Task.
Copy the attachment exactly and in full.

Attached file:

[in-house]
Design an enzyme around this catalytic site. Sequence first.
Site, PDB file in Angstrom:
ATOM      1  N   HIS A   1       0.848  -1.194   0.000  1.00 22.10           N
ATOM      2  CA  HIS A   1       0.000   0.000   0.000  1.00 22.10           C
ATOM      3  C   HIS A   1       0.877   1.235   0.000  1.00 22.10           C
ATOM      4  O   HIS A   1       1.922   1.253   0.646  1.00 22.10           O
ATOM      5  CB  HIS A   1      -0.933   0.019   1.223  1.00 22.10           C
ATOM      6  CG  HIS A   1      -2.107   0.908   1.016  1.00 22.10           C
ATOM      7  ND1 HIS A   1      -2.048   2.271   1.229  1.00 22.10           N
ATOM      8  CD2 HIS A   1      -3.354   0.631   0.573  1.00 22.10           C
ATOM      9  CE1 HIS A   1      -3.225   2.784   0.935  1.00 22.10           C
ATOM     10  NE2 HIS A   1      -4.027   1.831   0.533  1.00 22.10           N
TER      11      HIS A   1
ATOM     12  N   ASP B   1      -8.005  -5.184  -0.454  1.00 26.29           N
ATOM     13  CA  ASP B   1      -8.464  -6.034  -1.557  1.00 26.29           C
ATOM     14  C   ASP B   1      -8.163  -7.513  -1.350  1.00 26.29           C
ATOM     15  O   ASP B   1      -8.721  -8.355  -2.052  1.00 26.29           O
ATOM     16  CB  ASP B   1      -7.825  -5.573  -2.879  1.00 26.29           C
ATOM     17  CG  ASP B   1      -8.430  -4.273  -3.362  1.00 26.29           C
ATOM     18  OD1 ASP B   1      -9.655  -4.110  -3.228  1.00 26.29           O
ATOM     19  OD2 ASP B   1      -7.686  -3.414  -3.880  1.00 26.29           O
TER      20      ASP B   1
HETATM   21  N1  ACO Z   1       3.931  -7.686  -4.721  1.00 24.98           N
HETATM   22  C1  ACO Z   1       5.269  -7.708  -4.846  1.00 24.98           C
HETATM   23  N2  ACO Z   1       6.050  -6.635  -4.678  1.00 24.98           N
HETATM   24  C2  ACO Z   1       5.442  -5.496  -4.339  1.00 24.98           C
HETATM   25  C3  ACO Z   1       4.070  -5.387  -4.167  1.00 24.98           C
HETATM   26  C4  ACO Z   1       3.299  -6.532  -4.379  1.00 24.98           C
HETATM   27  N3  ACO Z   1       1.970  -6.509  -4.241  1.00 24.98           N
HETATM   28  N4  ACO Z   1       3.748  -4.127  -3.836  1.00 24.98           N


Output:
[in-house]
Design an enzyme around this catalytic site. Sequence first.
Site, PDB file in Angstrom:
ATOM      1  N   HIS A   1       0.848  -1.194   0.000  1.00 22.10           N
ATOM      2  CA  HIS A   1       0.000   0.000   0.000  1.00 22.10           C
ATOM      3  C   HIS A   1       0.877   1.235   0.000  1.00 22.10           C
ATOM      4  O   HIS A   1       1.922   1.253   0.646  1.00 22.10           O
ATOM      5  CB  HIS A   1      -0.933   0.019   1.223  1.00 22.10           C
ATOM      6  CG  HIS A   1      -2.107   0.908   1.016  1.00 22.10           C
ATOM      7  ND1 HIS A   1      -2.048   2.271   1.229  1.00 22.10           N
ATOM      8  CD2 HIS A   1      -3.354   0.631   0.573  1.00 22.10           C
ATOM      9  CE1 HIS A   1      -3.225   2.784   0.935  1.00 22.10           C
ATOM     10  NE2 HIS A   1      -4.027   1.831   0.533  1.00 22.10           N
TER      11      HIS A   1
ATOM     12  N   ASP B   1      -8.005  -5.184  -0.454  1.00 26.29           N
ATOM     13  CA  ASP B   1      -8.464  -6.034  -1.557  1.00 26.29           C
ATOM     14  C   ASP B   1      -8.163  -7.513  -1.350  1.00 26.29           C
ATOM     15  O   ASP B   1      -8.721  -8.355  -2.052  1.00 26.29           O
ATOM     16  CB  ASP B   1      -7.825  -5.573  -2.879  1.00 26.29           C
ATOM     17  CG  ASP B   1      -8.430  -4.273  -3.362  1.00 26.29           C
ATOM     18  OD1 ASP B   1      -9.655  -4.110  -3.228  1.00 26.29           O
ATOM     19  OD2 ASP B   1      -7.686  -3.414  -3.880  1.00 26.29           O
TER      20      ASP B   1
HETATM   21  N1  ACO Z   1       3.931  -7.686  -4.721  1.00 24.98           N
HETATM   22  C1  ACO Z   1       5.269  -7.708  -4.846  1.00 24.98           C
HETATM   23  N2  ACO Z   1       6.050  -6.635  -4.678  1.00 24.98           N
HETATM   24  C2  ACO Z   1       5.442  -5.496  -4.339  1.00 24.98           C
HETATM   25  C3  ACO Z   1       4.070  -5.387  -4.167  1.00 24.98           C
HETATM   26  C4  ACO Z   1       3.299  -6.532  -4.379  1.00 24.98           C
HETATM   27  N3  ACO Z   1       1.970  -6.509  -4.241  1.00 24.98           N
HETATM   28  N4  ACO Z   1       3.748  -4.127  -3.836  1.00 24.98           N